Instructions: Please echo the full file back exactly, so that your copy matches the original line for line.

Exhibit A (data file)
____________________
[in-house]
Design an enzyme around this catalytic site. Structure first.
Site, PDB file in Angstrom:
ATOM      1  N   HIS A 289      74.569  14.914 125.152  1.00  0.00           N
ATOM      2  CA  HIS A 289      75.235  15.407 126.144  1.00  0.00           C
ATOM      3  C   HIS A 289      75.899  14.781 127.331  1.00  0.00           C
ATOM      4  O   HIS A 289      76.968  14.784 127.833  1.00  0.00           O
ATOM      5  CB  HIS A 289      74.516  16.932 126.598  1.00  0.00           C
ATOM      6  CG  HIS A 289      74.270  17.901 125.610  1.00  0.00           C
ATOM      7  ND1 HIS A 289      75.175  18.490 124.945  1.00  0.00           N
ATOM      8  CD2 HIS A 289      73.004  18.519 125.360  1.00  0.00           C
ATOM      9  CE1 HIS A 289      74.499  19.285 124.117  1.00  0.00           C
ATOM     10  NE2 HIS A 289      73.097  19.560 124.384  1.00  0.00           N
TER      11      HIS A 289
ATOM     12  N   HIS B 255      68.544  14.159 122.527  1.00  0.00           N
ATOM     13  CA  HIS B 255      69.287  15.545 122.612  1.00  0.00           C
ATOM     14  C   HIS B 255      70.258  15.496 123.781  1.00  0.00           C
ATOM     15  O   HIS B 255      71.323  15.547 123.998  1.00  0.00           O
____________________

[in-house]
Design an enzyme around this catalytic site. Structure first.
Site, PDB file in Angstrom:
ATOM      1  N   HIS A 289      74.569  14.914 125.152  1.00  0.00           N
ATOM      2  CA  HIS A 289      75.235  15.407 126.144  1.00  0.00           C
ATOM      3  C   HIS A 289      75.899  14.781 127.331  1.00  0.00           C
ATOM      4  O   HIS A 289      76.968  14.784 127.833  1.00  0.00           O
ATOM      5  CB  HIS A 289      74.516  16.932 126.598  1.00  0.00           C
ATOM      6  CG  HIS A 289      74.270  17.901 125.610  1.00  0.00           C
ATOM      7  ND1 HIS A 289      75.175  18.490 124.945  1.00  0.00           N
ATOM      8  CD2 HIS A 289      73.004  18.519 125.360  1.00  0.00           C
ATOM      9  CE1 HIS A 289      74.499  19.285 124.117  1.00  0.00           C
ATOM     10  NE2 HIS A 289      73.097  19.560 124.384  1.00  0.00           N
TER      11      HIS A 289
ATOM     12  N   HIS B 255      68.544  14.159 122.527  1.00  0.00           N
ATOM     13  CA  HIS B 255      69.287  15.545 122.612  1.00  0.00           C
ATOM     14  C   HIS B 255      70.258  15.496 123.781  1.00  0.00           C
ATOM     15  O   HIS B 255      71.323  15.547 123.998  1.00  0.00           O